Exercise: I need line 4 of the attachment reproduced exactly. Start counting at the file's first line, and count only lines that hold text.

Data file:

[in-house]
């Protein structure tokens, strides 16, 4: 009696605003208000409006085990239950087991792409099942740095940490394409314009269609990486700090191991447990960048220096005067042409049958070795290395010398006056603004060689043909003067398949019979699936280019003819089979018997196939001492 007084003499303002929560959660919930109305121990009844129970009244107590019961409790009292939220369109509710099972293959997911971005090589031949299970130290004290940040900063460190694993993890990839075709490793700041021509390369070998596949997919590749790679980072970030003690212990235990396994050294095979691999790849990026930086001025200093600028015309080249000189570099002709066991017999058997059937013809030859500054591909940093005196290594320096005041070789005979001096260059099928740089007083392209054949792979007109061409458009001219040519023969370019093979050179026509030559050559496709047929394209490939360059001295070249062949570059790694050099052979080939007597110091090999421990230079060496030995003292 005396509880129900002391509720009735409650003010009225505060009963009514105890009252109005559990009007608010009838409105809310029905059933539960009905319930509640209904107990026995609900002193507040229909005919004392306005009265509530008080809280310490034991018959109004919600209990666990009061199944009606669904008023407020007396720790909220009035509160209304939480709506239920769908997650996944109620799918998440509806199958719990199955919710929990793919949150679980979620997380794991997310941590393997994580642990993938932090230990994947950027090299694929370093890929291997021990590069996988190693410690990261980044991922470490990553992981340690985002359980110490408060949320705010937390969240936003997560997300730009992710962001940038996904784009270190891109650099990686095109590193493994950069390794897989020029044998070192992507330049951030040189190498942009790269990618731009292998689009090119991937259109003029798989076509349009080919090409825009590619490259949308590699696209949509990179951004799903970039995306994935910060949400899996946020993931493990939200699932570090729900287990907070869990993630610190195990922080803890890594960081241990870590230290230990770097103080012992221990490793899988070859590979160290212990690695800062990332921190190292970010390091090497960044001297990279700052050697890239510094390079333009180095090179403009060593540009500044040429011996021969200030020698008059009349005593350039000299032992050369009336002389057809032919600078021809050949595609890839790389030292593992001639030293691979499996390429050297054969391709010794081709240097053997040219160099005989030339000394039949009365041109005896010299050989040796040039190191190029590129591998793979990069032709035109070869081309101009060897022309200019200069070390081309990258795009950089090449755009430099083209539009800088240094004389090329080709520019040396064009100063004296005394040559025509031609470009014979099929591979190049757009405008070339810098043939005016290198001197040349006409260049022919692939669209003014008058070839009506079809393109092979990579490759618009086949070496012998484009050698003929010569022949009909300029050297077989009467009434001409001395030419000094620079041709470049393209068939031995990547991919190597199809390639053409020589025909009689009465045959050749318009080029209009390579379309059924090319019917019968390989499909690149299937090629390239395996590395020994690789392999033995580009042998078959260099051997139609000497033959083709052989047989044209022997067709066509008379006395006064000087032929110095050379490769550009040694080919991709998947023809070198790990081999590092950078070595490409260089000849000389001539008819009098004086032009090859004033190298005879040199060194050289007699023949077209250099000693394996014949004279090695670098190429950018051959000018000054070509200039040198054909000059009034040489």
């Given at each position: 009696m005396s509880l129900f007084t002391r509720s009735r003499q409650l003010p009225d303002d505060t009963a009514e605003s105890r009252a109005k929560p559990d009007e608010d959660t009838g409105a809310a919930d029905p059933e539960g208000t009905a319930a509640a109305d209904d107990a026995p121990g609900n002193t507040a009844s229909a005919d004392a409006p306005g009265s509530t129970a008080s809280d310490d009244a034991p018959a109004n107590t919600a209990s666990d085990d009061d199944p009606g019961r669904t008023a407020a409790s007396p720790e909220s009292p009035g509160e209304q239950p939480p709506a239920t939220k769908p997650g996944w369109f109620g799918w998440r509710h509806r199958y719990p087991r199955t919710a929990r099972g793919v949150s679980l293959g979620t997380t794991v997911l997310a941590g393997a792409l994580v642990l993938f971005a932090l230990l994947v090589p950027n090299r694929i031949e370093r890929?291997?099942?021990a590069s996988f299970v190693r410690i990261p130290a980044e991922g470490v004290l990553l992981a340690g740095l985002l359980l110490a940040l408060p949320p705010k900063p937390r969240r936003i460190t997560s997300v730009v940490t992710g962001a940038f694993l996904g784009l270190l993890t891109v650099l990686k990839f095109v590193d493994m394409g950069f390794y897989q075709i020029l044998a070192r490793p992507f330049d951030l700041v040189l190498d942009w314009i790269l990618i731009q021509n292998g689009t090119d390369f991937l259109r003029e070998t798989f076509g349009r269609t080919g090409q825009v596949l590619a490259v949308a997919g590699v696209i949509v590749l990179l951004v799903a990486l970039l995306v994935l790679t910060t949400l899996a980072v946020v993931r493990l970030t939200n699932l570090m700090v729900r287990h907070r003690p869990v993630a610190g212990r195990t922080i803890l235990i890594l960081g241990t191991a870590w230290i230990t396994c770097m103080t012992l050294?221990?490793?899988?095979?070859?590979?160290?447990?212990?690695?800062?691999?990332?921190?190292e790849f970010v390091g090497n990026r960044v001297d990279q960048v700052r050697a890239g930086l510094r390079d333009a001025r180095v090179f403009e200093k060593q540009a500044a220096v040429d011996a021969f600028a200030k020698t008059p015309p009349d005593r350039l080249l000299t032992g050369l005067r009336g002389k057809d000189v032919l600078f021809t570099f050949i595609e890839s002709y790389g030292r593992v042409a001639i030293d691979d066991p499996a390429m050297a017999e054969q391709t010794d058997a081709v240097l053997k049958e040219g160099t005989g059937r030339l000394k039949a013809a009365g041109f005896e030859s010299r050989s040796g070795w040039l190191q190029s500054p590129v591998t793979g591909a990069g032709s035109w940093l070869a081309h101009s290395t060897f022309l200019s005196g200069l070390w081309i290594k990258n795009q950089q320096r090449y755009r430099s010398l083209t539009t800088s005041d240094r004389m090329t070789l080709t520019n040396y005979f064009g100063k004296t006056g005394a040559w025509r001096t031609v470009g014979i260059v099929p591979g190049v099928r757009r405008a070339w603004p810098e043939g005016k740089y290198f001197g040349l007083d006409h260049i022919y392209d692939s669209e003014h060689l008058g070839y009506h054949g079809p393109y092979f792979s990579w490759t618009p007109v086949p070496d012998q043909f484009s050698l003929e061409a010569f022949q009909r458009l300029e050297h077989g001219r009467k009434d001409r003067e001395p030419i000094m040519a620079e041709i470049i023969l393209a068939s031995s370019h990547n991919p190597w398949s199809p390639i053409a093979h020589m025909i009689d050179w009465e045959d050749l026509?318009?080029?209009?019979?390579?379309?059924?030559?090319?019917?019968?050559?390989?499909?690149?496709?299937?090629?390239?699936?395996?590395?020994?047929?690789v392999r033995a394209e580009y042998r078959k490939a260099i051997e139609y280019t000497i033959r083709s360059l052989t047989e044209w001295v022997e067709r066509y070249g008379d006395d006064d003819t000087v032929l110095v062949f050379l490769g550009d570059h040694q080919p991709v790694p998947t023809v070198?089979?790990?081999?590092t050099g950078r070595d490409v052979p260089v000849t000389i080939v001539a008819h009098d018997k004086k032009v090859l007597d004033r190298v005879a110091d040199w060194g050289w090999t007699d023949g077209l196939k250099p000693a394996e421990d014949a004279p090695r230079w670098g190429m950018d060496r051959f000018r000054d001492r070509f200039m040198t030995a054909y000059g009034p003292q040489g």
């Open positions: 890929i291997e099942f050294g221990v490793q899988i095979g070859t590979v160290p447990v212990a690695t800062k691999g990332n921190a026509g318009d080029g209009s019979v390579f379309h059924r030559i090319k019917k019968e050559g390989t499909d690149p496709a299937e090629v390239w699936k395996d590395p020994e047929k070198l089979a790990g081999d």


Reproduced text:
């Open positions: 890929i291997e099942f050294g221990v490793q899988i095979g070859t590979v160290p447990v212990a690695t800062k691999g990332n921190a026509g318009d080029g209009s019979v390579f379309h059924r030559i090319k019917k019968e050559g390989t499909d690149p496709a299937e090629v390239w699936k395996d590395p020994e047929k070198l089979a790990g081999d």